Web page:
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digitalmars.D - Re: poll about delete

reply F. Almeida <francisco.m.almeida gmail.com> writes:
About a week ago (or more), I posted a poll to gather the community
opinion on how memory management in D should evolve. Link is
http://www.micropoll.com/akira/mpview/979834-265542

Last I saw, more than half of the D users who voted in it would prefer
that the delete keyword would remain in the language, instead of being
removed. Some of those don't even see a need for a clear() function,
but I disagree with them, I think it will be useful.

On the other hand, just because new safe memory management functions
are to be added to the standard library, that is no justification to
turn D into less of a systems programming language. Which is what will
happen if we give preference to the GC instead of making both styles
(managed or not managed, safe or unsafe) equally easy to adopt to any
programmer. This is the most attractive aspect of D and shouldn't be
discarded.
Jul 27 2010
parent reply Andrei Alexandrescu <SeeWebsiteForEmail erdani.org> writes:
F. Almeida wrote:
 About a week ago (or more), I posted a poll to gather the community
 opinion on how memory management in D should evolve. Link is
 http://www.micropoll.com/akira/mpview/979834-265542
 
 Last I saw, more than half of the D users who voted in it would prefer
 that the delete keyword would remain in the language, instead of being
 removed. Some of those don't even see a need for a clear() function,
 but I disagree with them, I think it will be useful.
 
 On the other hand, just because new safe memory management functions
 are to be added to the standard library, that is no justification to
 turn D into less of a systems programming language. Which is what will
 happen if we give preference to the GC instead of making both styles
 (managed or not managed, safe or unsafe) equally easy to adopt to any
 programmer. This is the most attractive aspect of D and shouldn't be
 discarded.

It's difficult to take a meaningful poll without clearly informing the voters about the context of the vote and the arguments brought about. I apologize for my hard stance on the matter but I really think there is no case in favor of keeping delete. - The operation didn't deserve a keyword in the C++ days, and carrying that keyword along is completely gratuitous. - Most code and most coders would be dramatically helped by distinguishing destruction from deletion, as opposed to the wrong conflation implicitly fostered by C++ for years. - D is a systems language, but it's also a language in which doing the right thing is easy and favored. Allocating no less than a keyword for a fundamentally unsafe operation is just too much. - The GC can't be expected to implement manual disposal anyway. Again, allocating a _keyword_ for an operation that may actually end up not doing much at all is overkill. Honestly the top thing I'm worried right now is Walter's aversion to breaking changes, which has turned an elbow since TDPL. I think he is convinced delete must be deleted as much as I am, but right now it's possible he'd rather have it limp along a slow deprecation process instead of outright removing it. Many of the same arguments and considerations apply to "scope" as a storage class. In brief: it's best to not use the likes of "scope" (storage class) and "delete" in new code, remove it from old code, and propose library features that help with such unsafe use cases. I think it is a waste of time arguing in favor of the status quo unless new strong arguments come to the table. Andrei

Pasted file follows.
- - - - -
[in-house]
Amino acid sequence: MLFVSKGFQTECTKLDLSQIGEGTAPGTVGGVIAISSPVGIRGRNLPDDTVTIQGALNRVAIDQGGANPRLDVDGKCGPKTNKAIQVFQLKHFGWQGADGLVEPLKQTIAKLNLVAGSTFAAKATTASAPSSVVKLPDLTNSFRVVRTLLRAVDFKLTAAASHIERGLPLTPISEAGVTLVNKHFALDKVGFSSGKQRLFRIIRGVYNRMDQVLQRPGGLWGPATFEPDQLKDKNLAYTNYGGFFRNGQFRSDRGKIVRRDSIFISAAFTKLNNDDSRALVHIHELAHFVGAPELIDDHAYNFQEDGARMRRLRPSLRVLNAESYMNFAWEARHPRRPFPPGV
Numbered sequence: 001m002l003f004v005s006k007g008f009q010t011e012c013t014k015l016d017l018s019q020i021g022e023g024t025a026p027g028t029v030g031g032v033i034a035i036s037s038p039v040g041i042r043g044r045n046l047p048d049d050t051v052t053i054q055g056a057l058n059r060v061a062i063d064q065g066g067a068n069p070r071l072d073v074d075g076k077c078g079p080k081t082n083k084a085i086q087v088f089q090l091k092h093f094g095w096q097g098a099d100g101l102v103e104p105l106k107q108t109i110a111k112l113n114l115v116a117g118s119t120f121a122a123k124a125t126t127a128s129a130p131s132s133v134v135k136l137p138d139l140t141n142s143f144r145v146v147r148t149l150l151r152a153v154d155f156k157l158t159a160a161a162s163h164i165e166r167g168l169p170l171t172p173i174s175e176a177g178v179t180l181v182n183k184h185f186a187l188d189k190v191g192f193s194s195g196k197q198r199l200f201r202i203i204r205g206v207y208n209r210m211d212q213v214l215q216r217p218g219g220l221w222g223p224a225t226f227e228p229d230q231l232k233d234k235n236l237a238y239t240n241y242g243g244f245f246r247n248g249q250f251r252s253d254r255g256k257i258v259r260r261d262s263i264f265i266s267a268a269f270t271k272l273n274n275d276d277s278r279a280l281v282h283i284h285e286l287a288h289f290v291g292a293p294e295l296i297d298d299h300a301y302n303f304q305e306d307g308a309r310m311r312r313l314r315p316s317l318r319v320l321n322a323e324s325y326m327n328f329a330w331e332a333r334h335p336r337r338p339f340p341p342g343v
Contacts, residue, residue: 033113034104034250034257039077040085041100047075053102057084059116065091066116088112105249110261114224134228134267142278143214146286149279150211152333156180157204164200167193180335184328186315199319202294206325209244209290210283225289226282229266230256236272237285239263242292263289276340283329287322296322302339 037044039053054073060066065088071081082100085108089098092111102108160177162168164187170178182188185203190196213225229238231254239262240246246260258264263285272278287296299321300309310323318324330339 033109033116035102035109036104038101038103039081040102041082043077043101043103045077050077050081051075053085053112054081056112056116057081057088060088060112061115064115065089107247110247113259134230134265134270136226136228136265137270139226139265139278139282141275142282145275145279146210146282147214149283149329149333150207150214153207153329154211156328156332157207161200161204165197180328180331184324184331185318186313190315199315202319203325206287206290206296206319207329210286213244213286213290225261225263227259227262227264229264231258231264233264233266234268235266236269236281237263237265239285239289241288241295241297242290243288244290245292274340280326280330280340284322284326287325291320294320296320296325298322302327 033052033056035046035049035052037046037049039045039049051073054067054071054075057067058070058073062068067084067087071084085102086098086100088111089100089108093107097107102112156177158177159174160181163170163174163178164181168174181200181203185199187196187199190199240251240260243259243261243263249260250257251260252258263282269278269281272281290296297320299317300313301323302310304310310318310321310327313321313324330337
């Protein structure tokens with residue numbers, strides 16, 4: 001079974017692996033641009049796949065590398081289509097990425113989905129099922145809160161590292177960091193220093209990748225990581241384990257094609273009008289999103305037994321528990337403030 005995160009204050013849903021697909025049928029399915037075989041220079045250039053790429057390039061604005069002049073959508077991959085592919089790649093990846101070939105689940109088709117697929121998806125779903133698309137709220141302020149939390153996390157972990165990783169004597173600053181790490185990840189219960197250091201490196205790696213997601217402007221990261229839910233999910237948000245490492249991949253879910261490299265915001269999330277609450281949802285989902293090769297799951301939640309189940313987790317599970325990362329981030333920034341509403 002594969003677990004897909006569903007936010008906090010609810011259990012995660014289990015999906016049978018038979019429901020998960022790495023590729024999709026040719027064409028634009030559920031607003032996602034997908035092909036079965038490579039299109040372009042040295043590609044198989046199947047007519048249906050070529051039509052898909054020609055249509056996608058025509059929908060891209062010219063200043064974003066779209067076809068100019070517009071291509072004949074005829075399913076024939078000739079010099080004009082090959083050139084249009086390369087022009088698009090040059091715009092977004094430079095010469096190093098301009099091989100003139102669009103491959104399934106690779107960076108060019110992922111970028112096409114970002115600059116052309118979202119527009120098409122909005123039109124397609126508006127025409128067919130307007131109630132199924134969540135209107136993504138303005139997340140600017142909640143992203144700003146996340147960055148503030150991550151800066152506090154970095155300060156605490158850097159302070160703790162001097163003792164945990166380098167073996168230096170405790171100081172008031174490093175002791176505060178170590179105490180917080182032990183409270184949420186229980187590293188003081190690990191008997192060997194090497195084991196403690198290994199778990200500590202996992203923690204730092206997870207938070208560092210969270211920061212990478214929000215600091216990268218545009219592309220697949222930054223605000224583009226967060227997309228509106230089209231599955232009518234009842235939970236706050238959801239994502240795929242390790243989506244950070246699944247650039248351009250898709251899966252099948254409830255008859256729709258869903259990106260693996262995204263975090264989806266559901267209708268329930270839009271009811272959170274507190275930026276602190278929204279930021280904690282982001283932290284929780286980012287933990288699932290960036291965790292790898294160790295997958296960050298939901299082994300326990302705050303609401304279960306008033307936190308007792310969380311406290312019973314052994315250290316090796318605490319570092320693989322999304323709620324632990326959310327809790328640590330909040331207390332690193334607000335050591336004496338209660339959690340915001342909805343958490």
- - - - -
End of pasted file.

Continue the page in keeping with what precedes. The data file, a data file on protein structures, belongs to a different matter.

Jul 27 2010
parent reply Kagamin <spam here.lot> writes:
Andrei Alexandrescu Wrote:

 - Most code and most coders would be dramatically helped by 
 distinguishing destruction from deletion, as opposed to the wrong 
 conflation implicitly fostered by C++ for years.

So you just want to have control what you destruct and what you delete? For what reason?
 - D is a systems language, but it's also a language in which doing the 
 right thing is easy and favored. Allocating no less than a keyword for a 
 fundamentally unsafe operation is just too much.

The language can't guarantee it's unsafety. You can tell whether an object's destructor was called, but you can't tell whether a memory chunk was freed.